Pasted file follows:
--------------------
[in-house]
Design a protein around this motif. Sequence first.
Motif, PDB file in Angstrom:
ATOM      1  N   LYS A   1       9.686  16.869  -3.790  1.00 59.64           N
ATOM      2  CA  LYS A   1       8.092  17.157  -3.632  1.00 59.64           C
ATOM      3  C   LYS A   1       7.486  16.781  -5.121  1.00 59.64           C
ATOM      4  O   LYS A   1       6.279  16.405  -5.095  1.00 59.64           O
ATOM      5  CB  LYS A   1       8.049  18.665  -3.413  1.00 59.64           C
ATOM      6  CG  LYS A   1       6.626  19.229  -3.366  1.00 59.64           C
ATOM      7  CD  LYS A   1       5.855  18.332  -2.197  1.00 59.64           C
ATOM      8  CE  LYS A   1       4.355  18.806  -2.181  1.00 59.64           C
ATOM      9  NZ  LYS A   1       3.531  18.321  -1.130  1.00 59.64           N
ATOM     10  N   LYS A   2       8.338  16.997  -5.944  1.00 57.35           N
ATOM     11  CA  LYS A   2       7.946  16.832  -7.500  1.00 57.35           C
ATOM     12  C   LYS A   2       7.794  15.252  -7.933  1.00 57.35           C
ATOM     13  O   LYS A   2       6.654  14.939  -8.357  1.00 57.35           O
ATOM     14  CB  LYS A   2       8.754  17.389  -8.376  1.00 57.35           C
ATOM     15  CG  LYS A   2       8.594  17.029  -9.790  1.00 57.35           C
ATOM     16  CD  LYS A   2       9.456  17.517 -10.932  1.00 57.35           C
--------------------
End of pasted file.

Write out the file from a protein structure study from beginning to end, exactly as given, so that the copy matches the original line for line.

[in-house]
Design a protein around this motif. Sequence first.
Motif, PDB file in Angstrom:
ATOM      1  N   LYS A   1       9.686  16.869  -3.790  1.00 59.64           N
ATOM      2  CA  LYS A   1       8.092  17.157  -3.632  1.00 59.64           C
ATOM      3  C   LYS A   1       7.486  16.781  -5.121  1.00 59.64           C
ATOM      4  O   LYS A   1       6.279  16.405  -5.095  1.00 59.64           O
ATOM      5  CB  LYS A   1       8.049  18.665  -3.413  1.00 59.64           C
ATOM      6  CG  LYS A   1       6.626  19.229  -3.366  1.00 59.64           C
ATOM      7  CD  LYS A   1       5.855  18.332  -2.197  1.00 59.64           C
ATOM      8  CE  LYS A   1       4.355  18.806  -2.181  1.00 59.64           C
ATOM      9  NZ  LYS A   1       3.531  18.321  -1.130  1.00 59.64           N
ATOM     10  N   LYS A   2       8.338  16.997  -5.944  1.00 57.35           N
ATOM     11  CA  LYS A   2       7.946  16.832  -7.500  1.00 57.35           C
ATOM     12  C   LYS A   2       7.794  15.252  -7.933  1.00 57.35           C
ATOM     13  O   LYS A   2       6.654  14.939  -8.357  1.00 57.35           O
ATOM     14  CB  LYS A   2       8.754  17.389  -8.376  1.00 57.35           C
ATOM     15  CG  LYS A   2       8.594  17.029  -9.790  1.00 57.35           C
ATOM     16  CD  LYS A   2       9.456  17.517 -10.932  1.00 57.35           C